Second reading, Land Transport Management Amendment Bill

  • Annette King
Transport

 

I move that the Land Transport Management Amendment Bill be read a second time.

 Most submissions were very supportive of the principles underpinning the Bill and offered many constructive suggestions to improve it.

 I would like to thank the Members of the Transport and Industrial Relations Select Committee for the work they have done in strengthening the Bill.  I support the changes that have been recommended.

 Mr Speaker, this Bill will further imbed the government’s push to ensure that we have a land transport planning and funding system that reflects the sophistication and complexity of a 21st century society.

 The Bill will see the full hypothecation of fuel excise taxes for land transport purposes.  This is a very significant point in the history of land transport funding in New Zealand and will involve about $600m per annum previously retained in the general Crown accounts now being ring-fenced exclusively for land transport activities. 

 The Bill also clarifies the existing legislation in respect of the funding of land transport activities from the revenue received from motorists and heavy vehicle users.

 The Bill retains the requirement for a government policy statement to guide the allocation of the national land transport fund by the New Zealand Transport Agency, on the basis of regional transport plans.

 As Minister of Transport, I will remain responsible for decisions around the allocation of the fund to NZ Police road safety activities based on recommendations developed by the Agency.

 The Bill also provides for monies from the national land transport fund to be paid for “activities that benefit users of pleasure craft”.  This is in lieu of a refund of the petrol tax paid by recreational boaties.   This provision received very widespread support from the marine sector.

 The Committee has recommended allowing the funding to be used for more generic search and rescue activities.

 Under the Bill, regional land transport committees will be replaced by regional transport committees.

 These Committees will have enhanced functions, including the preparation of new three yearly regional land transport programmes and regional fuel tax schemes. 

 The Bill, as introduced, reflected the government’s decision to move to a three yearly regional land transport programmes and a three yearly national land transport programme.  This move will increase certainty in the sector and reduce consultation and planning churn, and was well received by submitters.

 There will be increased flexibility to combine planning documents and consultation processes.

 To further acknowledge local government concerns, the Committee recommends that the Bill expressly require the Agency to take into account the regional priority attached to activities when making decisions on the national land transport programme.

 Groups, such as the Automobile Association and the Road Transport Forum and local government, made strong submissions about the need to be involved in decision making processes around land transport.

 The Bill as reported back acknowledges such views.

 The government’s commitment to rail's role as a critical part of a sustainable transport system is evidenced by our very recent announcement that the government will be purchasing Toll’s rail interests.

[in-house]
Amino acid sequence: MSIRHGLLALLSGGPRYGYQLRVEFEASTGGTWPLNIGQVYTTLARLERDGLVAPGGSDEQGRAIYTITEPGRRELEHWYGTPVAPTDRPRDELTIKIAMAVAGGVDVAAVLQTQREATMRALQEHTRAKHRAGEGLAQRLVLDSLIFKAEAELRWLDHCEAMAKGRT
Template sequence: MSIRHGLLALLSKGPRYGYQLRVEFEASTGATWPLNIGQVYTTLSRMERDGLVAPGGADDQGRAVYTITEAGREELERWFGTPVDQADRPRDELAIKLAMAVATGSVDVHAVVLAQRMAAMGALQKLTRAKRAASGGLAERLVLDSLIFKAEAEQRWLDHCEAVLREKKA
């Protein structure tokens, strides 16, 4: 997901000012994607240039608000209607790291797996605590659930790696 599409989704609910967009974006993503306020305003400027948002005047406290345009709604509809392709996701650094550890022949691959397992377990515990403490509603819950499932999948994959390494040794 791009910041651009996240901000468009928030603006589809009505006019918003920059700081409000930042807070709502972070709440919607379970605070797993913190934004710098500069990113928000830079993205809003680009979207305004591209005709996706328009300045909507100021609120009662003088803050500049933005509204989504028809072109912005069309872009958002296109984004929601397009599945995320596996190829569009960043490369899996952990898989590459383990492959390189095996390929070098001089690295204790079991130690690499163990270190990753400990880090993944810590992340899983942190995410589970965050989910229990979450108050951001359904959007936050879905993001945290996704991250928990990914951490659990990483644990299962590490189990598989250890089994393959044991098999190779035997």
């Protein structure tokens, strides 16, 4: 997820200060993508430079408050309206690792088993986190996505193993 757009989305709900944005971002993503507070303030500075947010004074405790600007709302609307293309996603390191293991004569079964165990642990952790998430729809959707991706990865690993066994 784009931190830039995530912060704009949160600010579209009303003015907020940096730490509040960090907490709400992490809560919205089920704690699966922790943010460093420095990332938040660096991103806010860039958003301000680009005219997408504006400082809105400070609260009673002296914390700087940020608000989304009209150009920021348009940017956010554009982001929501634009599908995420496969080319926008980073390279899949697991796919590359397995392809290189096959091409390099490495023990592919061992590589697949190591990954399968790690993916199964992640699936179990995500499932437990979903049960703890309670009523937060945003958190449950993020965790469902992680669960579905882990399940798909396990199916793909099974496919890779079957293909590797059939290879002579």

I therefore strongly endorse the Committee’s recommendation that an express reference be made to rail, and coastal shipping, in the purpose section of the Land Transport Management Act.

 The Bill will see Land Transport New Zealand and Transit New Zealand replaced by a new entity: the New Zealand Transport Agency.  Transparency and accountability of this Agency was a major issue for the Select Committee and it has recommended improvements to the Bill as a result.

 Given the New Zealand Transport Agency’s role as a funder and provider of land transport activities, decision-making must be transparent, and there must be suitable accountability provisions.

 Finally, the Bill will allow regions to use a regional fuel tax to fund priority projects that cannot reasonably be funded from any other source within the timeframe desired by the region.  An example is the electrification of the Auckland rail network.  This is a vital project to achieve a sustainable future.

 It will be up to each region to decide whether or not to introduce a regional fuel tax.

The Bill provides that a region may raise a tax of up to ten cents per litre for land transport projects with expenditure on roading projects capped at five cents.

 Many local government submitters, while generally supportive of a regional fuel tax, sought to remove the five cent cap on roading projects.  The Committee has recommended that changes be made so that funding for facilities for walking and cycling, bus lanes and high occupancy vehicles does not crowd out the demand for general traffic projects under the 5 cent roading cap.

 In the Auckland region, because it already has a well developed idea of what projects it would like to fund under a regional fuel tax scheme, the initial Auckland scheme will be developed by the Auckland Regional Council.  The Council will need to take account of the views of the Auckland regional transport committee.

I would also like to take this opportunity to signal my intention to introduce a Supplementary Order Paper.  Members will be aware of the recent media attention given to the rise in fuel prices.  The Government always expected that a regional fuel tax scheme would need to provide for phasing in order to meet the “affordability” criteria which Ministers must apply when considering a regional fuel tax scheme.

 Once again, I would like to thank the Committee for the work they have done on this Bill.

 Mr Speaker, I move that the Land Transport Management Amendment Bill 2007 be read a second time.